Abstract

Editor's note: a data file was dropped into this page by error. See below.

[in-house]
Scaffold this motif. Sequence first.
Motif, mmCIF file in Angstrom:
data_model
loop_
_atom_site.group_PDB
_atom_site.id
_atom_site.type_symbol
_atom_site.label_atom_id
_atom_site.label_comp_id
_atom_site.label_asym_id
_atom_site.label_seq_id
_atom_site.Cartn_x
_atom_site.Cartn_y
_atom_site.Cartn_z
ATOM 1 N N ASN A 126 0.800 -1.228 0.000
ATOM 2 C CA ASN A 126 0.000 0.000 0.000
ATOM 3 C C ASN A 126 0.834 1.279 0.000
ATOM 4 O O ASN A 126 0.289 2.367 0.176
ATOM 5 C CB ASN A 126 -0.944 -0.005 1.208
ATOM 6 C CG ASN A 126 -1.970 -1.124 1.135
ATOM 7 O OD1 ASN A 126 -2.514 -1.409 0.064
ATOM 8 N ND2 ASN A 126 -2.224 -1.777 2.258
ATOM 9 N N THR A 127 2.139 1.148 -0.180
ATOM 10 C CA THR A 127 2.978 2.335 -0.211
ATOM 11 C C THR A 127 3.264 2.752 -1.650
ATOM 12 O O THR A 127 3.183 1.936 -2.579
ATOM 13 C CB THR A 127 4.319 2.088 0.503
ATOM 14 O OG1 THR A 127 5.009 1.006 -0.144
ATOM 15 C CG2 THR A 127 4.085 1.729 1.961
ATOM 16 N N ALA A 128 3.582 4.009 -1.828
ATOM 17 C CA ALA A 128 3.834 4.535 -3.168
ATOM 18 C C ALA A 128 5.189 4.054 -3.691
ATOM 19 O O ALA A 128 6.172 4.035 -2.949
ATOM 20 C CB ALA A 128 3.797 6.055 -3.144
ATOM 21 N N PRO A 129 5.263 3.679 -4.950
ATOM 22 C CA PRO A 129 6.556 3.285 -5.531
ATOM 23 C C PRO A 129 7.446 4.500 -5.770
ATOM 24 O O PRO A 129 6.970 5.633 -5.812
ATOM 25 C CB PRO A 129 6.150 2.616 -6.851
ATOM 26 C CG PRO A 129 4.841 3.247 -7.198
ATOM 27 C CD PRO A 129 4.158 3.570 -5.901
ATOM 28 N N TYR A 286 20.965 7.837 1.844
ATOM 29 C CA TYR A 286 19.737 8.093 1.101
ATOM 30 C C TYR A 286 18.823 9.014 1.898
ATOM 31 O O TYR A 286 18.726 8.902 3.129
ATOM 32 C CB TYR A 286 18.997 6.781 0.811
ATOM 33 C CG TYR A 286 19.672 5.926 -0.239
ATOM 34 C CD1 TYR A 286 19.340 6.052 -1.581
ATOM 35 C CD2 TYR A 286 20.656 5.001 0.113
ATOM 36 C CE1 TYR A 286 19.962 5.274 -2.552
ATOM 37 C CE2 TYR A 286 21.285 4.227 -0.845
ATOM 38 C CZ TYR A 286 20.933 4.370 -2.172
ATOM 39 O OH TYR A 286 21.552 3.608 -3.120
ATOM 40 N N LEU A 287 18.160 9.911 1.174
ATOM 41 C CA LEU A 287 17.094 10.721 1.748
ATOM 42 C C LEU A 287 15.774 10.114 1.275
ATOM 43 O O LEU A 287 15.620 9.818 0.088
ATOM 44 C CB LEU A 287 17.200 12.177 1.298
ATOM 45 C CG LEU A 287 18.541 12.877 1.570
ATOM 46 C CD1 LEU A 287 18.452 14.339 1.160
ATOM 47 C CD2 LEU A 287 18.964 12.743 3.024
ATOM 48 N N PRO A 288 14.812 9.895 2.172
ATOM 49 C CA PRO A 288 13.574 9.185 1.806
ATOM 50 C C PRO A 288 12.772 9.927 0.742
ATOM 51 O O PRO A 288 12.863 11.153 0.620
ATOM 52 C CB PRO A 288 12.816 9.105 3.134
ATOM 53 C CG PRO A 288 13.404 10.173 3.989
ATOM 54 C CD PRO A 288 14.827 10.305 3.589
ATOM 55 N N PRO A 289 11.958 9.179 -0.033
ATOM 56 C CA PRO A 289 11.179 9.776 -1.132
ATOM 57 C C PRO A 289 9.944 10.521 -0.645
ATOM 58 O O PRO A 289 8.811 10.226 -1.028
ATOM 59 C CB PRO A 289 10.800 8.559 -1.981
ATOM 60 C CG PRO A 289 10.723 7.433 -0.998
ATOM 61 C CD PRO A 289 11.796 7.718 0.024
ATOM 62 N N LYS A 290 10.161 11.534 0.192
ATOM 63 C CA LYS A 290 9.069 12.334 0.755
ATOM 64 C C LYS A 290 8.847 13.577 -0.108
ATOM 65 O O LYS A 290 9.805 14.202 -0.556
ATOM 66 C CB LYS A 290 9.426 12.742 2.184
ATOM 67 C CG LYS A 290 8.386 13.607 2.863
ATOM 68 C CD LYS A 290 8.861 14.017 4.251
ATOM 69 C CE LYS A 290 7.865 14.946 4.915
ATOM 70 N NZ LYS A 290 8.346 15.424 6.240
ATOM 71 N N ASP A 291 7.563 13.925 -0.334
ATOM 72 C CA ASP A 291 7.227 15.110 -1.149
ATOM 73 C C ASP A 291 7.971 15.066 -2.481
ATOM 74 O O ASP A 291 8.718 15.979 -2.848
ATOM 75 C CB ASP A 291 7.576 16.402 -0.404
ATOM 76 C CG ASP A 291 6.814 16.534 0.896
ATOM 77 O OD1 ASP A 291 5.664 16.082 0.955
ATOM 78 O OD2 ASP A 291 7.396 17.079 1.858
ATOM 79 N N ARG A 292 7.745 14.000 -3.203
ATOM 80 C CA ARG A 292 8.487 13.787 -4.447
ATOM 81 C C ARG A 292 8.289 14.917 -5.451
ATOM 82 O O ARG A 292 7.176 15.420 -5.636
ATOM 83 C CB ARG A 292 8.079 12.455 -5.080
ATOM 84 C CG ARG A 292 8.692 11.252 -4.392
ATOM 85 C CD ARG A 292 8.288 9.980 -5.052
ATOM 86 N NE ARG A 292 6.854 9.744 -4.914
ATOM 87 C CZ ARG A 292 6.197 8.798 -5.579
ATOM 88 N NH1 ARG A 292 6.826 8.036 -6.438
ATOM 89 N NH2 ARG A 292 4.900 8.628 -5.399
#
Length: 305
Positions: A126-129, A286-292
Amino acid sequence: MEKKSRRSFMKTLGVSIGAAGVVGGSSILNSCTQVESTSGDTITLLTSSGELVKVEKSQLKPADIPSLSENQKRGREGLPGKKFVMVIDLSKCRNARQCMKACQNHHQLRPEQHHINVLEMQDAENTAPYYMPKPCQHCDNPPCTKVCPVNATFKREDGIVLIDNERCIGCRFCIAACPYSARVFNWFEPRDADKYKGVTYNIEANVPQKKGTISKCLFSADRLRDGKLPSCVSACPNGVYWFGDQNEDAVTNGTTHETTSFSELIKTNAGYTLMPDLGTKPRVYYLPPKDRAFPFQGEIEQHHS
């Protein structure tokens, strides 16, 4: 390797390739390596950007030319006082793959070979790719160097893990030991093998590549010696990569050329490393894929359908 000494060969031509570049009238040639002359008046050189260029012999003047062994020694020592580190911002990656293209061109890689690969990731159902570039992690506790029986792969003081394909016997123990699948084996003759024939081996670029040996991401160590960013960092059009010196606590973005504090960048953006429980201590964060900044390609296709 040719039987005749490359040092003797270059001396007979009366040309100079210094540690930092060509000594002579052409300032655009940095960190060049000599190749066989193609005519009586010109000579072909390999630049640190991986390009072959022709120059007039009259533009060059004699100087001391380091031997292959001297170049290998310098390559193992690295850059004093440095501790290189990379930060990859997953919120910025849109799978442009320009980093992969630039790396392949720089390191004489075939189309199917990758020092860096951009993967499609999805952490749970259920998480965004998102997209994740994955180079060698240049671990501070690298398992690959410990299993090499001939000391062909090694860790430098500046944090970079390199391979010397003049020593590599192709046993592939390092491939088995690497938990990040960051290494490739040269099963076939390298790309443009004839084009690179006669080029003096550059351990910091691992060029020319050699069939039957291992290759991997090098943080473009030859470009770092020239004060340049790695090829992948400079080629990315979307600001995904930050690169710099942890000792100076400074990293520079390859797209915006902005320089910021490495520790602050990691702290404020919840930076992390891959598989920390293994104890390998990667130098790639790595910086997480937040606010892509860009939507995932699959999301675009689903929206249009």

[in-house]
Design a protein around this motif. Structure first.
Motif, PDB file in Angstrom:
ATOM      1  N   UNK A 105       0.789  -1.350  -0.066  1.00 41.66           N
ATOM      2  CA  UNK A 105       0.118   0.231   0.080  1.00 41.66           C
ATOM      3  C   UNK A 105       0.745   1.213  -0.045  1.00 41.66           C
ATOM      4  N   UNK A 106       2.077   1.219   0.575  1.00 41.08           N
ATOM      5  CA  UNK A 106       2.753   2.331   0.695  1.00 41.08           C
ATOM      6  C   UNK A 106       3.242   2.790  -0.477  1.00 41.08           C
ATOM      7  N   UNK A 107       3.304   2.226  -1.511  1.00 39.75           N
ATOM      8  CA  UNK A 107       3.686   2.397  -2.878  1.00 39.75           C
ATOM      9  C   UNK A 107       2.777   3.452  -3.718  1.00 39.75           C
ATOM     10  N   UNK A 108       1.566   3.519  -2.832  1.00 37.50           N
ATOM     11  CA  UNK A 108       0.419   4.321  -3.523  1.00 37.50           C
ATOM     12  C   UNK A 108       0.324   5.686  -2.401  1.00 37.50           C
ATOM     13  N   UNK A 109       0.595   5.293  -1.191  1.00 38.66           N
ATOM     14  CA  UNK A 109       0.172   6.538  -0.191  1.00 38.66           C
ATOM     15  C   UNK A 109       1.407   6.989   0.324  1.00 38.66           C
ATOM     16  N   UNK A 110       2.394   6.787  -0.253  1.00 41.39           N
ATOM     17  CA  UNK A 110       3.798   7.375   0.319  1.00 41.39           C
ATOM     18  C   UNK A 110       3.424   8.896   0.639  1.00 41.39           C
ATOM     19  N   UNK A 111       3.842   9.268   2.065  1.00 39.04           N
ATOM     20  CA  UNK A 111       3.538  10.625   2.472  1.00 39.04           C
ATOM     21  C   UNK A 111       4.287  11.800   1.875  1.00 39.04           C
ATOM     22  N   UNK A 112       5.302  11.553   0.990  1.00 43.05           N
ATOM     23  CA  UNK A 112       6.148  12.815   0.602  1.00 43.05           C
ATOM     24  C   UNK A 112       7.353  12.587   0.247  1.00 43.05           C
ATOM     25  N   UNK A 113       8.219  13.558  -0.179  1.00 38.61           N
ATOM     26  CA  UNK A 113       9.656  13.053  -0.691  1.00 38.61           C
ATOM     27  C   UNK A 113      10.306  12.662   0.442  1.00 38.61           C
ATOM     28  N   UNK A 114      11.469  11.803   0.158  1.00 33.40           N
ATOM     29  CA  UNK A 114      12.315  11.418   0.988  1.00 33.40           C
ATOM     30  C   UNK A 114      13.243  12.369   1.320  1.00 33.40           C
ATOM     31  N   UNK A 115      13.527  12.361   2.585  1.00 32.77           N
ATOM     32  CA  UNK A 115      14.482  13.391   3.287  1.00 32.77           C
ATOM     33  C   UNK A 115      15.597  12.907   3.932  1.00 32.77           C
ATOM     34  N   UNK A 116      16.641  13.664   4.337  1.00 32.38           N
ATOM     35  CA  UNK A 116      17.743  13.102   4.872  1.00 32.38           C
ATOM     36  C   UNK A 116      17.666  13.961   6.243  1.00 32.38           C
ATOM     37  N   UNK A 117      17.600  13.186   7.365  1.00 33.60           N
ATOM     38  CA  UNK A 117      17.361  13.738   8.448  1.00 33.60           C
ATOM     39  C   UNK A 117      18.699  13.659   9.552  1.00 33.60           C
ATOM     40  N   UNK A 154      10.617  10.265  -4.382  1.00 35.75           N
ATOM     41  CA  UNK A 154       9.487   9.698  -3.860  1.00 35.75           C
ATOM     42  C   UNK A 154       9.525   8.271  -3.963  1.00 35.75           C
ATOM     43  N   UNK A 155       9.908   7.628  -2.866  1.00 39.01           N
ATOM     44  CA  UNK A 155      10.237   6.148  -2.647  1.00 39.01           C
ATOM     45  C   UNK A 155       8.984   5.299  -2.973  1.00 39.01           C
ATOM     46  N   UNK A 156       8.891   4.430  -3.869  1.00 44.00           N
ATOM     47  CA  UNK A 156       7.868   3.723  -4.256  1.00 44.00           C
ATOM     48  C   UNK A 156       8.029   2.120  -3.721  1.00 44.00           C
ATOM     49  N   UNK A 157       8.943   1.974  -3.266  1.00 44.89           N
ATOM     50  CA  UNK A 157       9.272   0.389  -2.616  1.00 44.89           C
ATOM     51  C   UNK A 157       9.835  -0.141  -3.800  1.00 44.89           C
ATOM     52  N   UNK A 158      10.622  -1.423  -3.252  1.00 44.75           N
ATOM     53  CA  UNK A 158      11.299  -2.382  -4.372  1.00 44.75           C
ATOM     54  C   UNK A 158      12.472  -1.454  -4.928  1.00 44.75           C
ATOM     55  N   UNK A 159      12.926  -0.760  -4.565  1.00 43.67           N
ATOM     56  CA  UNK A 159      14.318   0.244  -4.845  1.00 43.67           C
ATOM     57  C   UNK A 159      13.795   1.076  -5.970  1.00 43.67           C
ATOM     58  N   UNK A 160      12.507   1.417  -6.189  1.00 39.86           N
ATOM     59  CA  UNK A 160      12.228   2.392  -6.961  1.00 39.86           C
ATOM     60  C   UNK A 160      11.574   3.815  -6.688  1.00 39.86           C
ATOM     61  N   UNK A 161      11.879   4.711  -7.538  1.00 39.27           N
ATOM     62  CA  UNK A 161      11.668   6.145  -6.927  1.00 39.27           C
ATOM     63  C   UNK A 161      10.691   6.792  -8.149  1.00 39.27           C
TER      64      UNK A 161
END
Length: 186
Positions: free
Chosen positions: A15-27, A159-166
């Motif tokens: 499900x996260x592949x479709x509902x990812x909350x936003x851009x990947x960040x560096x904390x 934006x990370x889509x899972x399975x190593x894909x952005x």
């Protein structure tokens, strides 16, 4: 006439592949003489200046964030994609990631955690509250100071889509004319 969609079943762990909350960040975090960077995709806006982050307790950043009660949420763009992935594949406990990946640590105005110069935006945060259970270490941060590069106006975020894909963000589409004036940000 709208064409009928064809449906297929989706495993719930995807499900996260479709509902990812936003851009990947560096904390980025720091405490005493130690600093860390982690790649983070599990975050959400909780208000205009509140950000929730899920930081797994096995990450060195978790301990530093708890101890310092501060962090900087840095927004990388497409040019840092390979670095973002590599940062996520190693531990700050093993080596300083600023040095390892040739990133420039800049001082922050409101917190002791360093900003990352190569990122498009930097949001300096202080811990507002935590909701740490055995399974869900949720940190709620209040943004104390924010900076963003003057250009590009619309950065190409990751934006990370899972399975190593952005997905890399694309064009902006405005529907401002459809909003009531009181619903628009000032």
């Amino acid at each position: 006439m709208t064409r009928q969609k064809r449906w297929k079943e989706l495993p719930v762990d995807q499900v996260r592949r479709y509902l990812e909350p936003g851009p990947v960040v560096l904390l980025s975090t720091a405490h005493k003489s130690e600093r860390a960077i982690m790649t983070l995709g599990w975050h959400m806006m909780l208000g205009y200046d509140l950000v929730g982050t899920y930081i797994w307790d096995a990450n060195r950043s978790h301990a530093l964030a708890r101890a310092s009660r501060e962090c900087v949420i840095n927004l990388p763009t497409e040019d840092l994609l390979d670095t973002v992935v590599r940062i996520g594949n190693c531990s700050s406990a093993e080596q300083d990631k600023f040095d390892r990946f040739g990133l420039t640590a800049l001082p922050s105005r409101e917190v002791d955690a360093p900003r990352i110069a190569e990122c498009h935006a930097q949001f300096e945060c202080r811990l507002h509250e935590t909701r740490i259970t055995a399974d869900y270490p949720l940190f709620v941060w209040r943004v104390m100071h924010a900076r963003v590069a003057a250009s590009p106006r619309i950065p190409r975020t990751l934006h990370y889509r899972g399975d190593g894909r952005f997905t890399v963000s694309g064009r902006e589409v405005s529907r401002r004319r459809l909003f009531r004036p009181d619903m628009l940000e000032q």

Despite the “completion” of the human reference genome in 2004, substantial proportions of the reference assembly remain undefined at the sequence level and inaccessible to interrogation. Not much is known about the extent and potential functional impact of genetic variation in these regions; this includes, surprisingly, the genes encoding the ribosomal RNA, which account for ~50% of half of all RNA synthesis. We show, combining transformation-associated cloning with long-read sequencing and de novo assembly, that there is sequence variation in human ribosomal DNA genes; and of 101 variants detected in ~0.82 Mb of the nucleolar organizer region of chromosome 21, at least 47 are expressed. Structural modeling suggests that some of the observed variants might modulate local configurations, opening up the possibility of variations in ribosome dynamics. Finally, we discuss algorithmic and experimental strategies that might enable complex-region assembly and reconstruction of truly complete human genomes without the aid of of targeted cloning.